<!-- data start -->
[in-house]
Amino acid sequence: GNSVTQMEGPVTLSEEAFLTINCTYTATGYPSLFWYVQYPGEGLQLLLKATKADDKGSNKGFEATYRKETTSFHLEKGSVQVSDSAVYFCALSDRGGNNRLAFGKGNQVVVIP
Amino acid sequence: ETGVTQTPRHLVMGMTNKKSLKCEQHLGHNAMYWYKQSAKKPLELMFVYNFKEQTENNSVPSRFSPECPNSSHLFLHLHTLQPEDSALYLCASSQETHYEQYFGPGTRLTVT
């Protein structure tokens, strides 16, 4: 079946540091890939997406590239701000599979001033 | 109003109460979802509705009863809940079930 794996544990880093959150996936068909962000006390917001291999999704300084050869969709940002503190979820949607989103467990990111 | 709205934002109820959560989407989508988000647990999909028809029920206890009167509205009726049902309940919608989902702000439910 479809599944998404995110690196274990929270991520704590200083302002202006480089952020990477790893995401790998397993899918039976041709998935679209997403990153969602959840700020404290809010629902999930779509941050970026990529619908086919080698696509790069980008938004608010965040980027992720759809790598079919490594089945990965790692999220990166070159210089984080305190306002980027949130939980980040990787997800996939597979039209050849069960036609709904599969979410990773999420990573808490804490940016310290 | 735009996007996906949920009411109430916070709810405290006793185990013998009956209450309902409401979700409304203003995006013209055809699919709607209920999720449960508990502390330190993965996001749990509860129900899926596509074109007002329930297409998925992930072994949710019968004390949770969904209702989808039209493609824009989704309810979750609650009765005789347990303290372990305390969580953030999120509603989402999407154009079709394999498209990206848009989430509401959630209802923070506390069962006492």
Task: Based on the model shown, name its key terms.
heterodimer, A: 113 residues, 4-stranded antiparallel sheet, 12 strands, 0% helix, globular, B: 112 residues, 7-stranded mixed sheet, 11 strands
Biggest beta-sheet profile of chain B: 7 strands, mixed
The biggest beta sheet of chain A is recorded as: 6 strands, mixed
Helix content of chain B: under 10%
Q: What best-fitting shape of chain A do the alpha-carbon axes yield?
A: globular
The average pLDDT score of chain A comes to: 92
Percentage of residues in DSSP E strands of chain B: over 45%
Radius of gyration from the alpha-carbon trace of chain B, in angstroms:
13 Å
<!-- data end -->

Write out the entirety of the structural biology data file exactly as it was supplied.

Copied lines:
[in-house]
Amino acid sequence: GNSVTQMEGPVTLSEEAFLTINCTYTATGYPSLFWYVQYPGEGLQLLLKATKADDKGSNKGFEATYRKETTSFHLEKGSVQVSDSAVYFCALSDRGGNNRLAFGKGNQVVVIP
Amino acid sequence: ETGVTQTPRHLVMGMTNKKSLKCEQHLGHNAMYWYKQSAKKPLELMFVYNFKEQTENNSVPSRFSPECPNSSHLFLHLHTLQPEDSALYLCASSQETHYEQYFGPGTRLTVT
């Protein structure tokens, strides 16, 4: 079946540091890939997406590239701000599979001033 | 109003109460979802509705009863809940079930 794996544990880093959150996936068909962000006390917001291999999704300084050869969709940002503190979820949607989103467990990111 | 709205934002109820959560989407989508988000647990999909028809029920206890009167509205009726049902309940919608989902702000439910 479809599944998404995110690196274990929270991520704590200083302002202006480089952020990477790893995401790998397993899918039976041709998935679209997403990153969602959840700020404290809010629902999930779509941050970026990529619908086919080698696509790069980008938004608010965040980027992720759809790598079919490594089945990965790692999220990166070159210089984080305190306002980027949130939980980040990787997800996939597979039209050849069960036609709904599969979410990773999420990573808490804490940016310290 | 735009996007996906949920009411109430916070709810405290006793185990013998009956209450309902409401979700409304203003995006013209055809699919709607209920999720449960508990502390330190993965996001749990509860129900899926596509074109007002329930297409998925992930072994949710019968004390949770969904209702989808039209493609824009989704309810979750609650009765005789347990303290372990305390969580953030999120509603989402999407154009079709394999498209990206848009989430509401959630209802923070506390069962006492």
Task: Based on the model shown, name its key terms.
heterodimer, A: 113 residues, 4-stranded antiparallel sheet, 12 strands, 0% helix, globular, B: 112 residues, 7-stranded mixed sheet, 11 strands
Biggest beta-sheet profile of chain B: 7 strands, mixed
The biggest beta sheet of chain A is recorded as: 6 strands, mixed
Helix content of chain B: under 10%
Q: What best-fitting shape of chain A do the alpha-carbon axes yield?
A: globular
The average pLDDT score of chain A comes to: 92
Percentage of residues in DSSP E strands of chain B: over 45%
Radius of gyration from the alpha-carbon trace of chain B, in angstroms:
13 Å